No matter the time of year, there are times when you just need a good, long soak. And, I’m not talking your bathtub, even if it comes equipped with spa jets. Colorado may be best known for its ski slopes, 14ers and brew pubs, but when it comes to hot springs, we aren’t too shabby. In fact, the state’s hot springs are kinda cool.
The ultimate hot springs itinerary is a 720-mile route called the Colorado Historic Hot Springs Loop along several roads designated as Colorado Scenic Byways. Starting from any of the five resort towns, take a week to 10 days to really experience these special places.
From Denver, begin the trip in Chaffee County, the communities of Buena Vista, Nathrop, and Salida, along the Top of the Rockies and Collegiate Peaks byways. Then travel 140 mountainous miles south to Pagosa Springs.
After weaving through the San Juan Skyway and the Million Dollar Highway, in 130 miles Ouray and Ridgway are the next stops.
The West Elk Loop goes 175 miles through wine country, fruit stands, orchards, and organic farms on the way to Glenwood Springs. Finally, 114 miles of canyons and ranchlands to Steamboat Springs completes the journey.
All of these communities offer affordable places to eat, sleep and, of course, soak away your cares. Here’s what you’ll discover:
Mount Elbert, the highest point in Colorado at 14,433 feet, towers over Chaffee County. Fifteen “14ers” (14,000-foot peaks) dominate this area along the Continental Divide creating prime terrain for the eruption of hot water from the earth. The same topography formed the Arkansas, the state’s most popular whitewater rafting river.
Outside of Buena Vista, Mount Princeton Hot Springs Resort is a full-service retreat with five geothermal pools, a spa and club, 30 log cabins, and 40+ hotel rooms. Wade into Chalk Creek to access the natural hot pots.
According to Guinness World Records, the Great Pagosa Hot Springs is officially the World’s Deepest Geothermal Hot Spring. This mother spring not only supplies the resorts but is also a heating source for downtown sidewalks and several businesses, including a brewery.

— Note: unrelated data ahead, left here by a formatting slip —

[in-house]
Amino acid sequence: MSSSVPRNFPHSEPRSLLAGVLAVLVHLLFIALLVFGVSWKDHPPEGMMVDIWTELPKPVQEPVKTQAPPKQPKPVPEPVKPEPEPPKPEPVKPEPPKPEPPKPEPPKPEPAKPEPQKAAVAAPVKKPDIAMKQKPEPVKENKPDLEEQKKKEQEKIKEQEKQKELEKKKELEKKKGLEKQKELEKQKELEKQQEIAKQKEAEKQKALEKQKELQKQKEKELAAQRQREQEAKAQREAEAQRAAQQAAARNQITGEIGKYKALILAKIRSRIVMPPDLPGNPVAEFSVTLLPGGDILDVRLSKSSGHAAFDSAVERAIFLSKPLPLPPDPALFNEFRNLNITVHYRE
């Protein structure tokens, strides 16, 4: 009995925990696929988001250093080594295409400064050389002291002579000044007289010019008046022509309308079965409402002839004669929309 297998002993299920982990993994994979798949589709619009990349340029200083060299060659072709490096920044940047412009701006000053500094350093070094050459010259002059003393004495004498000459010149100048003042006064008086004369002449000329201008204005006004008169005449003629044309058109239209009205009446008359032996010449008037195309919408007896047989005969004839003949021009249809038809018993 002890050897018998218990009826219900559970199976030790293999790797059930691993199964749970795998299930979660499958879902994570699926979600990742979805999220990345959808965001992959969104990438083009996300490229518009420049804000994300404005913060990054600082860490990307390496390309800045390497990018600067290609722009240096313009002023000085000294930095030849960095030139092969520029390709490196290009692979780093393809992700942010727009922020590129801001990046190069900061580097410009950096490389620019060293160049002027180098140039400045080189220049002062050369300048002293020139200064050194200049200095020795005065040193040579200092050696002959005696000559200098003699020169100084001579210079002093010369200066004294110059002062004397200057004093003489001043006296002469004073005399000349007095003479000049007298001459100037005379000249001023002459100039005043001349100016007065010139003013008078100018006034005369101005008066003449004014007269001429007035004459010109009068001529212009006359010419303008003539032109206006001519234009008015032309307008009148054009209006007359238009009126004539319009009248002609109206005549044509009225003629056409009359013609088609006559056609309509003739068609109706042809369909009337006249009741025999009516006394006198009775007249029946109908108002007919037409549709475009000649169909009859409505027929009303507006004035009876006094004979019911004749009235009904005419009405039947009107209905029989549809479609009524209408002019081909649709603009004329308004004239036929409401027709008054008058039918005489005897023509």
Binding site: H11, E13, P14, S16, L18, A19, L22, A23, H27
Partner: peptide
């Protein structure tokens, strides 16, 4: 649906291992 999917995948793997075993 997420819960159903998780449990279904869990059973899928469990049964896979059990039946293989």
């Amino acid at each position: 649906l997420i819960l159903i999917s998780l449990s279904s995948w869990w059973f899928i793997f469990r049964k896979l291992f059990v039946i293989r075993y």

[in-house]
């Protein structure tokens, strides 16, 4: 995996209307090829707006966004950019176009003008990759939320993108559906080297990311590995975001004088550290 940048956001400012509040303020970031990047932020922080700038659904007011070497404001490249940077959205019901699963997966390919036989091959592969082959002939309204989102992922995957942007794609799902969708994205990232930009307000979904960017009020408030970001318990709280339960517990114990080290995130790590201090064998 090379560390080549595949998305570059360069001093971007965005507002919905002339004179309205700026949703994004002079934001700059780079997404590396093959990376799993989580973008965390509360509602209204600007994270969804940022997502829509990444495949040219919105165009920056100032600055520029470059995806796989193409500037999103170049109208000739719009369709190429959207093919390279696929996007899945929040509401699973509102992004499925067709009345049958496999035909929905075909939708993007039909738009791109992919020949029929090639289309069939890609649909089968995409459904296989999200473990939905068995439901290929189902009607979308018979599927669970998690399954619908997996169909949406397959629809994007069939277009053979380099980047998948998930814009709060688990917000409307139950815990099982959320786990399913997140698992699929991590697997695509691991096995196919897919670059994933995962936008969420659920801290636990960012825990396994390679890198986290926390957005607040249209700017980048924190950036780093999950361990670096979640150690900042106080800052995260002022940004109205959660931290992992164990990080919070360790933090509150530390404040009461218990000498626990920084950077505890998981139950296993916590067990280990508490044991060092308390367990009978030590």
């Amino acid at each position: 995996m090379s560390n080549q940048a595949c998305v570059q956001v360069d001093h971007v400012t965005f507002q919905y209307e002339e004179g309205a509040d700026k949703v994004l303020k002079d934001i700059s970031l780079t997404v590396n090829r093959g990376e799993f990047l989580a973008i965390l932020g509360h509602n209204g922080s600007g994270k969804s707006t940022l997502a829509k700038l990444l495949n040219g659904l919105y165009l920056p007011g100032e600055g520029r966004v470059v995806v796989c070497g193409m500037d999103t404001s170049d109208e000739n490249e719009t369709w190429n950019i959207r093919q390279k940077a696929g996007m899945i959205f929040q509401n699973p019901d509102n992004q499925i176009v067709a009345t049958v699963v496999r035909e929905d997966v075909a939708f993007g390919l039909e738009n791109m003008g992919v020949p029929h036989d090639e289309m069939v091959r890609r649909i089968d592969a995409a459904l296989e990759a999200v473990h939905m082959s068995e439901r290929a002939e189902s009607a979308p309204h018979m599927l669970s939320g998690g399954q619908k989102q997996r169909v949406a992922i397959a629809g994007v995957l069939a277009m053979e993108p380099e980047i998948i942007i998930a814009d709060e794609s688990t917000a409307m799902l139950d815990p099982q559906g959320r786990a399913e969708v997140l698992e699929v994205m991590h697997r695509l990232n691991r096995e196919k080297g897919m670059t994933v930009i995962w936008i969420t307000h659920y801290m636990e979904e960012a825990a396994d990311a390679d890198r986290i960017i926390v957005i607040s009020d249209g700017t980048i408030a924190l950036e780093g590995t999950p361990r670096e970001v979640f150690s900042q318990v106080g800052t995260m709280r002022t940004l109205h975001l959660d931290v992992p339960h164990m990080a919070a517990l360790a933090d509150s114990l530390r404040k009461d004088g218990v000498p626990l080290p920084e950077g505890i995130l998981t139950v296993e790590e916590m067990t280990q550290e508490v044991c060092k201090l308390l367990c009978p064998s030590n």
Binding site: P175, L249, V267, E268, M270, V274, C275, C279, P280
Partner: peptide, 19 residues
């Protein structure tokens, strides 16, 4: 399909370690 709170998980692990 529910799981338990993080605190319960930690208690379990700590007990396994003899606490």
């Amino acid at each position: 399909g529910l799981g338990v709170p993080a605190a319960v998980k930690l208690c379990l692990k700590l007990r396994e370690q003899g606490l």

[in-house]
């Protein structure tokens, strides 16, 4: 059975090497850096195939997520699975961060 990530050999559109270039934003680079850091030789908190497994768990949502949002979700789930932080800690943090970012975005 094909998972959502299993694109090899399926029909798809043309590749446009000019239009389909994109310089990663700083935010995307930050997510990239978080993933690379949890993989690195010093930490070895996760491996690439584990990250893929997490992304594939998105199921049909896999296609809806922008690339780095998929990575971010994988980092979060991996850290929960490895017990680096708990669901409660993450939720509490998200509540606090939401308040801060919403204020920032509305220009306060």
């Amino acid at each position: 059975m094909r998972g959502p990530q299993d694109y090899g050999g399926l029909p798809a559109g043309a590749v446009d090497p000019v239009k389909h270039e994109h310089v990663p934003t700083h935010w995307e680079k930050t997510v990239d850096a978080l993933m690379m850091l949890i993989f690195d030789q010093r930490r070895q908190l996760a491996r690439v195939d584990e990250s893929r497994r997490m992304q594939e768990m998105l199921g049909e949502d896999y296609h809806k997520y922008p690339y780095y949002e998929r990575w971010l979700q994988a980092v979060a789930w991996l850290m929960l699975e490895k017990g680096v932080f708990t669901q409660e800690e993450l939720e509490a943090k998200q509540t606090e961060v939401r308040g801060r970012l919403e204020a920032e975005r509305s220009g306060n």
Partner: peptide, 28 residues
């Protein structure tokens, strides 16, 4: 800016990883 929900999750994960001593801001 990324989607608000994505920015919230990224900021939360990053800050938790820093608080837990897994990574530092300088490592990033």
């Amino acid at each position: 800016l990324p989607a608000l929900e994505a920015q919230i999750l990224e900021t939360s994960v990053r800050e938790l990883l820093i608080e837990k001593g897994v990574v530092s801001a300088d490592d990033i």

Terraced along the bank of the San Juan River are the 23 mineral pools of The Springs Resort & Spa. Each spot is a different size and temperature. The Lobster Pot sizzles at 110°F. Mineral deposits have built up for centuries creating huge iron-colored formations.
The rope bridge over the pond allows close inspection. Hotel guests can take a dip any time with 24-hour access.
Ouray is a Switzerland look-alike. Brightly painted Victorian buildings line Main Street. Lodges resemble chalets. Ouray has earned the title of Jeeping Capitol of the World. And the Ouray Ice Park offers the best ice climbing in Colorado.
Odorless sulfur-free thermal waters bubble up everywhere. The iconic Ouray Hot Springs Pool & Fitness Center provides family fun. This 90-year old facility just completed a major renovation.
At two blocks long, Glenwood Hot Springs Resort is considered to be the world’s largest mineral hot springs pool. The source, Yampah Spring flows at 3.5 million gallons of water daily. The award-winning spa and 107-room lodge are geothermally heated.
Doc Holliday came for the healing vapors to treat his tuberculosis. Fans pay homage to the dentist/gunslinger by making the trek to his memorial in Linwood Cemetery or by sipping a beer under the Doc Holliday Saloon neon gun sign.
There is a true Western vibe here so channel your inner-cowboy. For a rustic wilderness setting, soak at the creekside Strawberry Park Hot Springs built using unique stone masonry. Stay in a secluded cabin or campsite right on the property.
Float downstream on an inner-tube along the refreshing Yampa River. Festivals celebrate hot air balloons, rodeos, eats, libations, and tunes. Wintertime brings famous champagne powder to Ski Town, USA. Howelsen Hill is the largest natural ski jumping complex in North America and Colorado’s oldest ski area in continuous use for over 100 years.